There actually are such professionals – criminals who specialize in door pushing and other tourism specific crimes. These crooks create their own crimes of opportunity by chronically working tourism venues and exploiting known weaknesses. High-rise hotels in densely packed hospitality communities are favored environments for such criminals. They can test hundreds of doors within a short few hours, and in a busy hotel their activities often go totally unnoticed. Such was the case with one professional thief in the Bay Area. But after hitting too often in the same area, he got arrested - several times. Once in-custody this crook admitted that most all of his criminal income resulted from door pushing and guestroom thefts. Before eventually being sentenced to state prison for the first time, police estimated he had stolen over $200,000 of guest and hotel property.

Door pushing is a very low percentage criminal activity. A career crook may push on 100 doors before finding an unsecured one, and then typically only one-quarter of these lead to an occupied room with valuables. This means that professional door pushers tend to work quickly. They cruise through hallways rapidly, one after another, pushing on any likely doors, and if they don’t score, then move on to the next hotel. The Bay Area criminal mentioned above admitted that he would typically check over 2,000 room doors on a working day. This rush of crookery is best conducted during those periods when guests have most likely left their rooms: 10:00am – 4:00pm. All of this can be instructive in helping to prevent and detect door pushing at your hotel.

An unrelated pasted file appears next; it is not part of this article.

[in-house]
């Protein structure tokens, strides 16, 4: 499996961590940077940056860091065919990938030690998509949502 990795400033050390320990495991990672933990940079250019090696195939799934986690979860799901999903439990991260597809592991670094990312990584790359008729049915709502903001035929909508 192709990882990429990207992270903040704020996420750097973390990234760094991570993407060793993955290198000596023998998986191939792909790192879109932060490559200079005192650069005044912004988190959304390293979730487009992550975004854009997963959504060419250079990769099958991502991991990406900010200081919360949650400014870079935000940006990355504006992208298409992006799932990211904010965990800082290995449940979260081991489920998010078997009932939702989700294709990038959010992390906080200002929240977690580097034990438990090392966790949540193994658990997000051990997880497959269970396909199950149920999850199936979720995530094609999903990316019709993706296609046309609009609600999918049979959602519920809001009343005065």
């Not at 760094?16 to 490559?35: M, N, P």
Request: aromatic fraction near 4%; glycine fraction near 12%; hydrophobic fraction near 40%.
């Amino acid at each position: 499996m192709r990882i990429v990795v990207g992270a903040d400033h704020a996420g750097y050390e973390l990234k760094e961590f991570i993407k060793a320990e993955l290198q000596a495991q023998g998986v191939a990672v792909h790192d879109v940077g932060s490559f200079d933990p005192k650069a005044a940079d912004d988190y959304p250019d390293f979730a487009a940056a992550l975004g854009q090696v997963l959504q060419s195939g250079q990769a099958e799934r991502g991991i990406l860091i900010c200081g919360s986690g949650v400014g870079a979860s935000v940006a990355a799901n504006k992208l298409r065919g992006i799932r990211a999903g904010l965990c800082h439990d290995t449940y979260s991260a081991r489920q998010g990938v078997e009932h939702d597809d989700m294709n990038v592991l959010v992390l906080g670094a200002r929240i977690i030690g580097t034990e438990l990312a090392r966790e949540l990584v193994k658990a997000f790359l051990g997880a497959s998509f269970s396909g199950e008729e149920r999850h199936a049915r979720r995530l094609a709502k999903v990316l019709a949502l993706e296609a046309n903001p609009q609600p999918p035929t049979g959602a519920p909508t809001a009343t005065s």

GUEST EDUCATION - Educate guests to double-check their door whenever exiting. Guests should be advised to pull the door shut manually, and then test to make sure it’s closed and locked by turning the handle and pushing on the door. Encourage guests to use in-room safes, as well as the hotel Safe Deposit box.

INSPECT YOUR DOORS - Conduct regularly scheduled tests of all guestroom doors to ensure that they close and lock properly. Handles, bolts, closer springs, door jams, and electronics should all be tested.

STAFF TRAINING - Train staff members on the issues.Employees should be trained how to check and secure guestroom doors. They should also be educated on this type of criminal activity. Teach staffers to report suspicious people and activity. A person who is repeatedly seen at your property walking guestroom hallways during daytime hours should be reported to security and/or police. Digital video surveillance can be very helpful in detecting behavior consistent with door pushing. Train those security team members who monitor your cameras on what to look for. Archive all videotape of possible suspects. This may be used later to help prosecute the criminal once apprehended.

LAW ENFORCEMENT - Report incidents to law enforcement. While your own property may have suffered only a couple of cases in recent weeks, these may be part of a broader problem of which you are not aware. If a career criminal is working your tourism venue, it’s essential to involve local law enforcement.

Dave Wiggins is a 27-year veteran of California law enforcement, and the past president of the California Tourism Safety & Security Association. He is a recognized expert on tourism related crimes, investigations, and crime prevention at tourism venues. Dave and his colleagues provide training for security, law enforcement, and tourism teams around the nation.To contact the author, email TSSUPDATES@GMAIL.COM.